With cops still struggling to crack the case of the young software engineer who went missing from Lokmanya Tilak Termius (LTT) before being brutally killed last month, Government Railway Police (GRP) have disclosed some chilling statistics that seem to point to a deeper crisis at hand.

The figures say that on an average, one person goes missing from the city’s railway premises every day. A total of 365 missing complaints were registered in 2013, and in January this year, 22 missing complaints were reported. A majority of the complaints are filed for minors. Of the 365 who went missing, 188 were found.

Special team formed
According to authorities, the disappearances are from local trains as well as railway premises. The months of November and December recorded the highest number of disappearances from railway premises last year. “Every day we get missing persons complaints from the relatives or the staff. We have a team that works only on the reports relating to missing persons,” said a GRP staff member, who works on the team.

Illustration/Amit Bandre
Illustration/Amit Bandre

Every year, thousands of passengers meet with accidents on the tracks, and since many of them cannot be identified, their names stay on in the missing persons list. “There are accidents happening frequently, after which identification is difficult. After waiting for eight days, the railway police perform the last rites, but the persons remain in the records,” said a railway police official.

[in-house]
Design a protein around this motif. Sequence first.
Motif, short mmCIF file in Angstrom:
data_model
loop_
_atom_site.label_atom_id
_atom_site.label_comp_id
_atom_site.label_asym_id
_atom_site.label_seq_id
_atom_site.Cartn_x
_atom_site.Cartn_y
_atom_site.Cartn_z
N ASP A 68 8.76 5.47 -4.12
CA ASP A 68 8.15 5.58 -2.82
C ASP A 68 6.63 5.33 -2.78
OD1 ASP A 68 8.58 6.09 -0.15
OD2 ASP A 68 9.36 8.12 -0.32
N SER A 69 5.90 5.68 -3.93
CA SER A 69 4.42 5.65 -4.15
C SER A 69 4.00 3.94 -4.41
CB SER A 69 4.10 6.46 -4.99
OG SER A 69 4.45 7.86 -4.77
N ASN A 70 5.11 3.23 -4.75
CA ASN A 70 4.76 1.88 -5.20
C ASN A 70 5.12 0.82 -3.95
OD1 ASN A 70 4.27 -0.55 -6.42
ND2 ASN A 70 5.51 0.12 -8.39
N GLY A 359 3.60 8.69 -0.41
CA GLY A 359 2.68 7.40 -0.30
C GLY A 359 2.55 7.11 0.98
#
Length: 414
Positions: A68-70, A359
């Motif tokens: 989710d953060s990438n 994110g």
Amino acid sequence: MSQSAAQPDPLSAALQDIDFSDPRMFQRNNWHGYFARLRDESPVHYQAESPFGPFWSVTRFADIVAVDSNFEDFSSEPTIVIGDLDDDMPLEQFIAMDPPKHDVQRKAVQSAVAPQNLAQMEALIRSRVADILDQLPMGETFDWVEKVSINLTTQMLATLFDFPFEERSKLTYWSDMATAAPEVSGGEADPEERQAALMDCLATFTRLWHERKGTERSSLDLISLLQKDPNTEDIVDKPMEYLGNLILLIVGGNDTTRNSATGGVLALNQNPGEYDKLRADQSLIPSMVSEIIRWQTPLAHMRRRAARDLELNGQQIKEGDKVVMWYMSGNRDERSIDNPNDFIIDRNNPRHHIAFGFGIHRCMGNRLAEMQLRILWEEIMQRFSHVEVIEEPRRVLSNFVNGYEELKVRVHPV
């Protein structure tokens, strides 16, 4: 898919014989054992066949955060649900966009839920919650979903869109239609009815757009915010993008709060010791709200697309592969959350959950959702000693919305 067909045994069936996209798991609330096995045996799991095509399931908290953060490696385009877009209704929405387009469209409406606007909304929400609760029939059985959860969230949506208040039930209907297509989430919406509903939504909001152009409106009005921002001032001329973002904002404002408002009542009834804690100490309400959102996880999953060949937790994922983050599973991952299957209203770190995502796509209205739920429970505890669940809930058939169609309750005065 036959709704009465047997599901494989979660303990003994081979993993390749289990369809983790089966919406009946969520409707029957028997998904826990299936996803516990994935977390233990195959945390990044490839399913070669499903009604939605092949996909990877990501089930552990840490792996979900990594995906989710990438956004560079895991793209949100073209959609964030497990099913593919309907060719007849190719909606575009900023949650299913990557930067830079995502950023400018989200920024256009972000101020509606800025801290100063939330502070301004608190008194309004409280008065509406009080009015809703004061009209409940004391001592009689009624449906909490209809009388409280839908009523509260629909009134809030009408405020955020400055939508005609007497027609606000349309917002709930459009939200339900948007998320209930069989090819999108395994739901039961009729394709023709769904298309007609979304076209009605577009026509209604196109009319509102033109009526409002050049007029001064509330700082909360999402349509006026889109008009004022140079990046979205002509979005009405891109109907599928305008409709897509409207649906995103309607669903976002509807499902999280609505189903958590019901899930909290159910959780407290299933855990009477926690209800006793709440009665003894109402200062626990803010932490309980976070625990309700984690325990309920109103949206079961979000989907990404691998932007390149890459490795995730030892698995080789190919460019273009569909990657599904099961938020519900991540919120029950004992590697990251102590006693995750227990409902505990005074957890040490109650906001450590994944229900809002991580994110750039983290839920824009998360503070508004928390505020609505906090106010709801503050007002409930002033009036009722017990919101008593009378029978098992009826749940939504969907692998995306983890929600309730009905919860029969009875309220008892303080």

According to officials, some of the missing persons are squatters who come from different parts of the country and live in shanties along train tracks. “There are cases when such people die due to illness, starvation or other problems. They remain as unclaimed bodies and sometimes they are bodies of people who have been reported missing by their relatives,” added the official.

Majority are minors
Rajiv Singhal, member of the Divisional Railway Users Consultative Committee (DRUCC), said, “Most of the missing persons are those who come to Mumbai from outside, and have no idea about the city. If they cannot be identified, they remain in the missing persons’ files.

Reports will reveal that most of the complaints filed for missing persons are minors. This is because gangs operate in large numbers and kidnap or misguide the kids, and use them as beggars for their benefit.” He added that the railway police should start crime detection in different ways to catch the culprits.